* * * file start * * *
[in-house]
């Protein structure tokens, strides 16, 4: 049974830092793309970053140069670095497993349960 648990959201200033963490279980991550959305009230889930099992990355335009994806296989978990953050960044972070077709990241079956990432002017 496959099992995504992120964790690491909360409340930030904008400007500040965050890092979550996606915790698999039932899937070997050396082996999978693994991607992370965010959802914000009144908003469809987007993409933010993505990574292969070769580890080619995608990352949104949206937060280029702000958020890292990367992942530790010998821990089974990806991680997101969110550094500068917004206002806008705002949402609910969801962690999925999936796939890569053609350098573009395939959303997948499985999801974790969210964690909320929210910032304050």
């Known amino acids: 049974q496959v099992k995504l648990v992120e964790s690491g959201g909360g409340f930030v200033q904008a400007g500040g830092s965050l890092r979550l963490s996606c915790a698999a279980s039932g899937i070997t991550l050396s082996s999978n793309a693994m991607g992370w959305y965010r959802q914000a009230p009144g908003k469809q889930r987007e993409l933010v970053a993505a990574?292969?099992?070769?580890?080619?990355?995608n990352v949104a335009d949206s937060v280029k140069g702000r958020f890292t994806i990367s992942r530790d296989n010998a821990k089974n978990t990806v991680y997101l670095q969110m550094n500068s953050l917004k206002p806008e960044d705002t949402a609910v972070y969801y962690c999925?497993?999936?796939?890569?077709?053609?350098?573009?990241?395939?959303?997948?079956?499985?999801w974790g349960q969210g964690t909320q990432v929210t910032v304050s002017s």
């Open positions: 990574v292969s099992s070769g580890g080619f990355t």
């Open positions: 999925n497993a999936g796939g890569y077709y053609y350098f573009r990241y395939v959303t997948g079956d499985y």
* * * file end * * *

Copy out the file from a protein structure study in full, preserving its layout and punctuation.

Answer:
[in-house]
């Protein structure tokens, strides 16, 4: 049974830092793309970053140069670095497993349960 648990959201200033963490279980991550959305009230889930099992990355335009994806296989978990953050960044972070077709990241079956990432002017 496959099992995504992120964790690491909360409340930030904008400007500040965050890092979550996606915790698999039932899937070997050396082996999978693994991607992370965010959802914000009144908003469809987007993409933010993505990574292969070769580890080619995608990352949104949206937060280029702000958020890292990367992942530790010998821990089974990806991680997101969110550094500068917004206002806008705002949402609910969801962690999925999936796939890569053609350098573009395939959303997948499985999801974790969210964690909320929210910032304050």
């Known amino acids: 049974q496959v099992k995504l648990v992120e964790s690491g959201g909360g409340f930030v200033q904008a400007g500040g830092s965050l890092r979550l963490s996606c915790a698999a279980s039932g899937i070997t991550l050396s082996s999978n793309a693994m991607g992370w959305y965010r959802q914000a009230p009144g908003k469809q889930r987007e993409l933010v970053a993505a990574?292969?099992?070769?580890?080619?990355?995608n990352v949104a335009d949206s937060v280029k140069g702000r958020f890292t994806i990367s992942r530790d296989n010998a821990k089974n978990t990806v991680y997101l670095q969110m550094n500068s953050l917004k206002p806008e960044d705002t949402a609910v972070y969801y962690c999925?497993?999936?796939?890569?077709?053609?350098?573009?990241?395939?959303?997948?079956?499985?999801w974790g349960q969210g964690t909320q990432v929210t910032v304050s002017s």
């Open positions: 990574v292969s099992s070769g580890g080619f990355t």
């Open positions: 999925n497993a999936g796939g890569y077709y053609y350098f573009r990241y395939v959303t997948g079956d499985y």